Ballet Injuries: Considerations, Prevention, and Recoveries
Jan 08 , 2021
Tags - Ballet Injuries
Ballet is a graceful form of dance, as it requires the dancer to be agile, flexible, have strength, control and most importantly balance.
In particular, ballet requires supervised training, constant practice and discipline for better performance.
In fact, ballet dancers usually train for 5 to 40 hours a week, which causes repetitive movements (overuse) and more injuries along with that.
Dancers are more likely to get overuse injuries and wear & tear which get worse over time.
Therefore, it is important to treat these injuries as soon as possible.
Overuse injuries are caused by incorrect technique, muscle imbalance, change in training pace, and improper footwear such as ill fitting shoes or pointy shoes.
To provide some more context, overuse injuries are classified into three:
- Sprain (ligament injury)
- Strain (tissue injury)
In Ballet dancers, overuse injuries are more common compared to acute injuries.
Acute injuries occur suddenly, for example injury due to improper balance.
Acute injuries are categorised into:
Dangers to the Lower Limb
In ballet, the lower limb is used more than any other.
Therefore, the lower limb is more likely to get injured.
Especially female ballet dancers are prone to get ankle, foot, leg, knee, thigh and hip injuries.
For instance, pointe technique is where the female dancer extends the feet adding all the body weight to the pointy toes while moving, which causes injury and damage to the foot.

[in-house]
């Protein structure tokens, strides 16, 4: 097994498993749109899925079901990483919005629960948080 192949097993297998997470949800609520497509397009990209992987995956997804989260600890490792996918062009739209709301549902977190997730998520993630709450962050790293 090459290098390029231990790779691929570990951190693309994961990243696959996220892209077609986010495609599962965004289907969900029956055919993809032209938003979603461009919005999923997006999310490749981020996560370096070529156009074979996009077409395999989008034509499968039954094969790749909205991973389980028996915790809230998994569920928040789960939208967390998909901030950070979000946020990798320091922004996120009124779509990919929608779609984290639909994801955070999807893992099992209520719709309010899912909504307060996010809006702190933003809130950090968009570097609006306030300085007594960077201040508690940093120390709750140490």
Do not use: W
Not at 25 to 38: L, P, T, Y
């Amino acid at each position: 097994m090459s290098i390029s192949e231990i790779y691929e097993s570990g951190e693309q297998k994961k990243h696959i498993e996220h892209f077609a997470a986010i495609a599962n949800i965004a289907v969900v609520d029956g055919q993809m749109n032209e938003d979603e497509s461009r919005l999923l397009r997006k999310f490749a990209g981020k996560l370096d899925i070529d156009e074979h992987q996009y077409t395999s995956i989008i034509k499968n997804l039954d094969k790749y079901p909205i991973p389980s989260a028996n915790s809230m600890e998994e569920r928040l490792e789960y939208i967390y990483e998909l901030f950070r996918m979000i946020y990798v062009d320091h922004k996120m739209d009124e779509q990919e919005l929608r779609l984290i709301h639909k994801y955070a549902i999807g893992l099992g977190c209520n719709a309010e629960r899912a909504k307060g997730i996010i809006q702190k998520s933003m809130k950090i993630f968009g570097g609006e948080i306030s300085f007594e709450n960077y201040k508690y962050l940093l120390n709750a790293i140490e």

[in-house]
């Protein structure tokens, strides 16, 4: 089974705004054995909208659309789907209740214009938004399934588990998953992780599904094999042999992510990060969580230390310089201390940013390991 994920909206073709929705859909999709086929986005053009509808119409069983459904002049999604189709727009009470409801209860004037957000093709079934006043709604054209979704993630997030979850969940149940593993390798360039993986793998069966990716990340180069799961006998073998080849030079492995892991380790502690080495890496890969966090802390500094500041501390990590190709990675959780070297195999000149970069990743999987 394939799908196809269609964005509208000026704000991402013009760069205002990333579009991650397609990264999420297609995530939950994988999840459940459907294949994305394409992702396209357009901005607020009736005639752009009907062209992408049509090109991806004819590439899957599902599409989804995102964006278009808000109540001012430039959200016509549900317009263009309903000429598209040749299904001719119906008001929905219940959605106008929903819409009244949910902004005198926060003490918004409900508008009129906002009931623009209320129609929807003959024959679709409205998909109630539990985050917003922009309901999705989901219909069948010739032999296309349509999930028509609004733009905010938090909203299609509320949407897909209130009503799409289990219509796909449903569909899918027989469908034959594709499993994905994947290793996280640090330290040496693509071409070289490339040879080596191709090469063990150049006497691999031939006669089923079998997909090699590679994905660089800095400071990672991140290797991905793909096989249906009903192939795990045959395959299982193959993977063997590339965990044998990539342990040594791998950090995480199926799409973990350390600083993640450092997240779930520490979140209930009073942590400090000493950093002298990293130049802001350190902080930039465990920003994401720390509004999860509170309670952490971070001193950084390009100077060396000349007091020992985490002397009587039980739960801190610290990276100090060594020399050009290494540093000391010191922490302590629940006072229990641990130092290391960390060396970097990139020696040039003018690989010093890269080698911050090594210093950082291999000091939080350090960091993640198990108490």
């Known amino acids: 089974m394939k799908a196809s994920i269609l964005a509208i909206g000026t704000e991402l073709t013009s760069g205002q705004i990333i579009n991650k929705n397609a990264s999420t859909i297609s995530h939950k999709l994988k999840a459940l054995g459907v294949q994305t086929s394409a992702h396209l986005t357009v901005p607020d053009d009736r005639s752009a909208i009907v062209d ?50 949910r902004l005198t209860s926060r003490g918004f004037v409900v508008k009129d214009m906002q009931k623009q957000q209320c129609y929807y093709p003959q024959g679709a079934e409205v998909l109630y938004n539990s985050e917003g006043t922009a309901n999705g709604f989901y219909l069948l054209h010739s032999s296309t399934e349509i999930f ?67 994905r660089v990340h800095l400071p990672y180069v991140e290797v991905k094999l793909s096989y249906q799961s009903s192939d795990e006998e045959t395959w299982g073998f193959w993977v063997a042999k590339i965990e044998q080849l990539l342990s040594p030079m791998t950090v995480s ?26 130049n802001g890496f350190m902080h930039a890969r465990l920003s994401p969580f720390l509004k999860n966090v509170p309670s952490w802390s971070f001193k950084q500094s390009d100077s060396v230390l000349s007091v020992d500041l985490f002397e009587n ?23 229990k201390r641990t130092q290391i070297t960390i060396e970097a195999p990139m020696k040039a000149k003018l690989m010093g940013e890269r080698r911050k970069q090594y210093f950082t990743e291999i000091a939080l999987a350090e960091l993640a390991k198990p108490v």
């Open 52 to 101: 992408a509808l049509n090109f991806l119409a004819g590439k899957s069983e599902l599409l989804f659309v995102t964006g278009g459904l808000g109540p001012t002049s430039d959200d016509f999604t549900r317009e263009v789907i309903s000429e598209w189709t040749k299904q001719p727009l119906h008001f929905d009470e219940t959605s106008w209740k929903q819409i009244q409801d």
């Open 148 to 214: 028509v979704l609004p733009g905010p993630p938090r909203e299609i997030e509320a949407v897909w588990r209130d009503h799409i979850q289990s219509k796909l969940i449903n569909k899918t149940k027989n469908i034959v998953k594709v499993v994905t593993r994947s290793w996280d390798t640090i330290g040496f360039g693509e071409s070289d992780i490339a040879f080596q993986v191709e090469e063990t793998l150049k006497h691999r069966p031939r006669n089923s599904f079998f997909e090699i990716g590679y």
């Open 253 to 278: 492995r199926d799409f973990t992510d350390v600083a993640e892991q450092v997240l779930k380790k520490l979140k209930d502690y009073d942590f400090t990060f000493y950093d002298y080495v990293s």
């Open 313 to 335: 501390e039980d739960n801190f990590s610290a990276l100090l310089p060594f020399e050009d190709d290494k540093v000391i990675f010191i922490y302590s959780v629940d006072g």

The Lifting Challenge
Ballet also has a lot of lifting involved in the routine.
Hence, dancers are more likely to develop back injuries.
In particular, male dancers are more likely to develop Achilles tendonitis, shin splints, sprained ankles and head and neck injuries due to lifting.
Following injuries are seen common among Ballet Dancers and they are classified into Overuse injuries and Acute Injuries.
1. Back Injuries
Overuse injuries: Lower back pain, Back stress fracture, Scoliosis, Muscle imbalance, Spondylolisthesis, Pars injury and SIJ dysfunction.
Acute injuries: Muscle injury, Spasm, and Facet joint irritation.
2. Hip Issues
Overuse injuries: Trochanteric bursitis, Iliopsoas tendinopathy, Labral tear and Snapping hip.
Acute injuries: Labral tear, Adductor strain and Hamstring strain.
Overuse injuries: Osgood-Schlatter disease, Patellofemoral pain and Patella tendinopathy.
Acute injuries: Quadriceps strain, Patella dislocation and Meniscus tear.
4. Leg and Ankle
Overuse injuries: Posterior ankle impingement, FHL Tendinopathy, Shin Splints and Sever’s disease.
Acute injuries: Ankle sprain and Gastroc strain.
Overuse injuries: Bunions, Sesamoiditis, MTPJ Inflammation, Stress fracture and Trigger toes.
Acute injuries: Turf toe and Trigger toe.
The best way to prevent ballet injuries is to work on your balance, flexibility, strength and control.
It is also important to maintain a proper diet and eat nutritional meals.
Similarly, warm up and cool down before and after every rehearsal and performance respectively, which stretches the muscles well and reduces the likelihood of injuries.
Moreover, learn ballet from a well trained dancer and perform with supervision as it is important to learn the proper techniques to avoid any injuries.
Further, in Ballet it is vital to have proper fitting shoes that are comfortable (both, ballet flat and pointe shoes) while practising and performing.
At the end of all this, remember, no matter how many injury prevention techniques you use, dancers are bound to get injured at one point.
The recovery process of the injury includes rest, physiotherapy, massage, taping and ultrasound.
So, when injured, it is best to rest well and not to perform until the injury is healed and you are well recovered or the injury may get worse.
To learn more, get in touch with us today.
In the meantime, check our range of Ballet Flats.
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